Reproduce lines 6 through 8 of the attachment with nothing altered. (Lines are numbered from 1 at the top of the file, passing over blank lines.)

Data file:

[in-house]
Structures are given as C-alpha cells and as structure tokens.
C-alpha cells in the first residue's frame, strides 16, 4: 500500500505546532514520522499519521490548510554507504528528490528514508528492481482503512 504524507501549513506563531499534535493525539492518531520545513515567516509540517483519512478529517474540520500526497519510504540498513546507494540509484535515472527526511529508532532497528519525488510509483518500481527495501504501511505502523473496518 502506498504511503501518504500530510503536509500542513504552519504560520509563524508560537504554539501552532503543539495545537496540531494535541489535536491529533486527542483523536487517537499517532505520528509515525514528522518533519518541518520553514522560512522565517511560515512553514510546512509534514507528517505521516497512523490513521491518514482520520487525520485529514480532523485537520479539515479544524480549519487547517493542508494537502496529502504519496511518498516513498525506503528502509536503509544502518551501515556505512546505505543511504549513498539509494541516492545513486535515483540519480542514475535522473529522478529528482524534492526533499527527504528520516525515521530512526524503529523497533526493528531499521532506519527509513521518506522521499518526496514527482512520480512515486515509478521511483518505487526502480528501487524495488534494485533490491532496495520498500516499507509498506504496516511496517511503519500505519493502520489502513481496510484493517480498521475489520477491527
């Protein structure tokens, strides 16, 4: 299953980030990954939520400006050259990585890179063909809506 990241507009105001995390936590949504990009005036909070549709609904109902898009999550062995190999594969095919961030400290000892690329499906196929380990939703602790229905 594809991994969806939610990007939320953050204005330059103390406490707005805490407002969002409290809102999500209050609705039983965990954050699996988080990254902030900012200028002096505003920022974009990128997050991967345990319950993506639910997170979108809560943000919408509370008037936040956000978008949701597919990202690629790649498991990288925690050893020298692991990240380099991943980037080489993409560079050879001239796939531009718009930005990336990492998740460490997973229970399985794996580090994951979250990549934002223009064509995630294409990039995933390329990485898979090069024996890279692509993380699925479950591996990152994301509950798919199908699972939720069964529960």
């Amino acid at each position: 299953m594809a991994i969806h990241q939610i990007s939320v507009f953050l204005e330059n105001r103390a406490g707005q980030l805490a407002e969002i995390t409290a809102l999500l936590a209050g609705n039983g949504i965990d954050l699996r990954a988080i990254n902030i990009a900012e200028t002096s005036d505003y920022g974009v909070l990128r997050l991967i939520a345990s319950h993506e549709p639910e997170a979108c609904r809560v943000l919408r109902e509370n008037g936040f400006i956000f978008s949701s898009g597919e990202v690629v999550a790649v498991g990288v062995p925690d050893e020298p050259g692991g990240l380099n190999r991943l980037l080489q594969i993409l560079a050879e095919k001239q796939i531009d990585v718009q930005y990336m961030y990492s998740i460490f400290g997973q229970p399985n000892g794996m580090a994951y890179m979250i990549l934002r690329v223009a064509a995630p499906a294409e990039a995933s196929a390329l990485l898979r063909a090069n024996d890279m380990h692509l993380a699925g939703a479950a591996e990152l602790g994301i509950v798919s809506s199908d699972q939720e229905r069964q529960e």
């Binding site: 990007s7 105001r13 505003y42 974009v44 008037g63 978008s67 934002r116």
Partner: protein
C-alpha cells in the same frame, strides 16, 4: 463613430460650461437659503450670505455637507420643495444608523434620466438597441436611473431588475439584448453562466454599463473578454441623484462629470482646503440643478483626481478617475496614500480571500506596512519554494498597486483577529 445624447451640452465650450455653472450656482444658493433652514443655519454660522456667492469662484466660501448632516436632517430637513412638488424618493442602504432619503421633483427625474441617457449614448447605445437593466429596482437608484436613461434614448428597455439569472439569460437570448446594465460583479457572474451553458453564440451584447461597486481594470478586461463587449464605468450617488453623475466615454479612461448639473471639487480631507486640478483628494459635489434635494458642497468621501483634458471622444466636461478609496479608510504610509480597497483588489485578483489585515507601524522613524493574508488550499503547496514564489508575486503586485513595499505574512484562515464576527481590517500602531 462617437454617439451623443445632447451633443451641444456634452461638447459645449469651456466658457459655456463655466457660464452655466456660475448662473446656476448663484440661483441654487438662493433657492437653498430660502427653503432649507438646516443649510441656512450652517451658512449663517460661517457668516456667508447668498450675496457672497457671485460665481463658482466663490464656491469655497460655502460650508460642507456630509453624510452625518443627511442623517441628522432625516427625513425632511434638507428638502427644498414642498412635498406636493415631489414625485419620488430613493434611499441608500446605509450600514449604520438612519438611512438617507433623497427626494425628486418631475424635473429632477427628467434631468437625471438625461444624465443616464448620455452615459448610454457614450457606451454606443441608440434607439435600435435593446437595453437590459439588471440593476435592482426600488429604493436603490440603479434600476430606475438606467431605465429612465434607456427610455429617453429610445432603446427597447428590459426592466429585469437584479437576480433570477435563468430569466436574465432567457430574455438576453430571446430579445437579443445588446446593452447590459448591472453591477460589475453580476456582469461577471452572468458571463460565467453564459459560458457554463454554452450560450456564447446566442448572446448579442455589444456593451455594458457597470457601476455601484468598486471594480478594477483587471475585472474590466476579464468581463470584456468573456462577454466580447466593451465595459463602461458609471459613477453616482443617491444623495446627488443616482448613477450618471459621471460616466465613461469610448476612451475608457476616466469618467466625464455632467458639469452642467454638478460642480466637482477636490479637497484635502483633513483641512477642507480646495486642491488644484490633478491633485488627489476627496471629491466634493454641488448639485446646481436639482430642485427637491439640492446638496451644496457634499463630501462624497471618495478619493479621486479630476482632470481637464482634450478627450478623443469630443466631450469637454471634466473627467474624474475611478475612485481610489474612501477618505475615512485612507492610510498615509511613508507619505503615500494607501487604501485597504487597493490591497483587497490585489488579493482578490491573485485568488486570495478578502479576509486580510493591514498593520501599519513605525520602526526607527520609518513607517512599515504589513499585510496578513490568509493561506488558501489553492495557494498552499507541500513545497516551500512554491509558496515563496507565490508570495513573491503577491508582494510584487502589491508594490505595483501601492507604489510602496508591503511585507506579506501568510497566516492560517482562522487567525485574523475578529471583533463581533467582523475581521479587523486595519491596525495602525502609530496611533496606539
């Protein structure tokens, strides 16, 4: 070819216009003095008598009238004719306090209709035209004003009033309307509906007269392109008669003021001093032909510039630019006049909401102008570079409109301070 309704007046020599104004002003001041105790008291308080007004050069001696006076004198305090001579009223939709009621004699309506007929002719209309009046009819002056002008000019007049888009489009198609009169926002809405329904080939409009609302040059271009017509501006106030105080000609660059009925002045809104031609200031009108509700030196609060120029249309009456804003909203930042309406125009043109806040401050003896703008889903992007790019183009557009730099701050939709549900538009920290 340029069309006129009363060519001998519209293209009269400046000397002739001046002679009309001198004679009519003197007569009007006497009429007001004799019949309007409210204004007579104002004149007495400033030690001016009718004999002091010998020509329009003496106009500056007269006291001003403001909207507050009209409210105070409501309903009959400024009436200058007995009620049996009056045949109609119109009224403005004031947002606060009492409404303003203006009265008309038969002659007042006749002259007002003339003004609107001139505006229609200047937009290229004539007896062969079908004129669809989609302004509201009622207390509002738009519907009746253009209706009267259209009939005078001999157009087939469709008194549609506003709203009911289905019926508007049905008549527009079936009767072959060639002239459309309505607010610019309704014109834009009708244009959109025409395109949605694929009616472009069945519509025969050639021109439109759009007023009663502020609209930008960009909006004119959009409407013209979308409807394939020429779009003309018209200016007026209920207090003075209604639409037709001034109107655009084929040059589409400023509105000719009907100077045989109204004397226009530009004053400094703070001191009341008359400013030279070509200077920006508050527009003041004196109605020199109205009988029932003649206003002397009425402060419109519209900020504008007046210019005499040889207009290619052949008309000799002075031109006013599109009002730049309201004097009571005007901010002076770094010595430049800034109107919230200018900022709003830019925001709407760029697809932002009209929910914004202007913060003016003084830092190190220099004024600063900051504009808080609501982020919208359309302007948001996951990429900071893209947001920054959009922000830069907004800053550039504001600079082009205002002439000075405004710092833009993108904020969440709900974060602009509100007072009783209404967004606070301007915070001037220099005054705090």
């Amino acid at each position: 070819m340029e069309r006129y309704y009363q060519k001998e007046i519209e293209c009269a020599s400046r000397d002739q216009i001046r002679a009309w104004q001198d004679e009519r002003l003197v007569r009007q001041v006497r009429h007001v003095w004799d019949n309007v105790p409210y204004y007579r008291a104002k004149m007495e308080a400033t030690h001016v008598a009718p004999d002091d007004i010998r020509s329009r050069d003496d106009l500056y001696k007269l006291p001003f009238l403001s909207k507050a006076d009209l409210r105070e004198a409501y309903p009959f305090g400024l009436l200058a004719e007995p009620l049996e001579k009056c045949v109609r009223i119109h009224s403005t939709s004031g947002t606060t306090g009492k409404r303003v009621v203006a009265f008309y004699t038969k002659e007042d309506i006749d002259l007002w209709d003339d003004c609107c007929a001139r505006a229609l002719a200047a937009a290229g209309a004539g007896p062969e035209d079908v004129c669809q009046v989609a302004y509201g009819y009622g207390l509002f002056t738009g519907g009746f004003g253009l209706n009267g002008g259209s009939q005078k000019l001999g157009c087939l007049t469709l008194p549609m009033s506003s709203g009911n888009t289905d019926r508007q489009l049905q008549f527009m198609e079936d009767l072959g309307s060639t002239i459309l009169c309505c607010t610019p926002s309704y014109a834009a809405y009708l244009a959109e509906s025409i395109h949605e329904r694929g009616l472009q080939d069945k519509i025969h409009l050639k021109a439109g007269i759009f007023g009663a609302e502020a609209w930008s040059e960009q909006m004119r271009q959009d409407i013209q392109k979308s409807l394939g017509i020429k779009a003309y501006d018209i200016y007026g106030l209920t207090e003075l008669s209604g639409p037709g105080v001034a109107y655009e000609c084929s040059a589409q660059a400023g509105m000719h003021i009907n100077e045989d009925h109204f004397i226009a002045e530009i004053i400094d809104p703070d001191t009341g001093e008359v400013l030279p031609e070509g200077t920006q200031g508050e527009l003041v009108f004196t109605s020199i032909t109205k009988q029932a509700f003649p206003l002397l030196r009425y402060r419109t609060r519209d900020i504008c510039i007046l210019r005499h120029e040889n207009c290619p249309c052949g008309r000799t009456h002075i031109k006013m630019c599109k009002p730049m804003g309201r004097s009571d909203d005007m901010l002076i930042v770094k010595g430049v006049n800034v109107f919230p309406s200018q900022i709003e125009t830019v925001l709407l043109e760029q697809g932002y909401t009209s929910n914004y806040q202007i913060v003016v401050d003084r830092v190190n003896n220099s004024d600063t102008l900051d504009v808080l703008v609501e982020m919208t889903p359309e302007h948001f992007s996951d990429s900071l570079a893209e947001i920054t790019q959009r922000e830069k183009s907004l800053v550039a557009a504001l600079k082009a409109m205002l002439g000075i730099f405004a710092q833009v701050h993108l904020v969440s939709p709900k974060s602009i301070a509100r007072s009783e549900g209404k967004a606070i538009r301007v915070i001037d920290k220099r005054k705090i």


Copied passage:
């Binding site: 990007s7 105001r13 505003y42 974009v44 008037g63 978008s67 934002r116």
Partner: protein
C-alpha cells in the same frame, strides 16, 4: 463613430460650461437659503450670505455637507420643495444608523434620466438597441436611473431588475439584448453562466454599463473578454441623484462629470482646503440643478483626481478617475496614500480571500506596512519554494498597486483577529 445624447451640452465650450455653472450656482444658493433652514443655519454660522456667492469662484466660501448632516436632517430637513412638488424618493442602504432619503421633483427625474441617457449614448447605445437593466429596482437608484436613461434614448428597455439569472439569460437570448446594465460583479457572474451553458453564440451584447461597486481594470478586461463587449464605468450617488453623475466615454479612461448639473471639487480631507486640478483628494459635489434635494458642497468621501483634458471622444466636461478609496479608510504610509480597497483588489485578483489585515507601524522613524493574508488550499503547496514564489508575486503586485513595499505574512484562515464576527481590517500602531 462617437454617439451623443445632447451633443451641444456634452461638447459645449469651456466658457459655456463655466457660464452655466456660475448662473446656476448663484440661483441654487438662493433657492437653498430660502427653503432649507438646516443649510441656512450652517451658512449663517460661517457668516456667508447668498450675496457672497457671485460665481463658482466663490464656491469655497460655502460650508460642507456630509453624510452625518443627511442623517441628522432625516427625513425632511434638507428638502427644498414642498412635498406636493415631489414625485419620488430613493434611499441608500446605509450600514449604520438612519438611512438617507433623497427626494425628486418631475424635473429632477427628467434631468437625471438625461444624465443616464448620455452615459448610454457614450457606451454606443441608440434607439435600435435593446437595453437590459439588471440593476435592482426600488429604493436603490440603479434600476430606475438606467431605465429612465434607456427610455429617453429610445432603446427597447428590459426592466429585469437584479437576480433570477435563468430569466436574465432567457430574455438576453430571446430579445437579443445588446446593452447590459448591472453591477460589475453580476456582469461577471452572468458571463460565467453564459459560458457554463454554452450560450456564447446566442448572446448579442455589444456593451455594458457597470457601476455601484468598486471594480478594477483587471475585472474590466476579464468581463470584456468573456462577454466580447466593451465595459463602461458609471459613477453616482443617491444623495446627488443616482448613477450618471459621471460616466465613461469610448476612451475608457476616466469618467466625464455632467458639469452642467454638478460642480466637482477636490479637497484635502483633513483641512477642507480646495486642491488644484490633478491633485488627489476627496471629491466634493454641488448639485446646481436639482430642485427637491439640492446638496451644496457634499463630501462624497471618495478619493479621486479630476482632470481637464482634450478627450478623443469630443466631450469637454471634466473627467474624474475611478475612485481610489474612501477618505475615512485612507492610510498615509511613508507619505503615500494607501487604501485597504487597493490591497483587497490585489488579493482578490491573485485568488486570495478578502479576509486580510493591514498593520501599519513605525520602526526607527520609518513607517512599515504589513499585510496578513490568509493561506488558501489553492495557494498552499507541500513545497516551500512554491509558496515563496507565490508570495513573491503577491508582494510584487502589491508594490505595483501601492507604489510602496508591503511585507506579506501568510497566516492560517482562522487567525485574523475578529471583533463581533467582523475581521479587523486595519491596525495602525502609530496611533496606539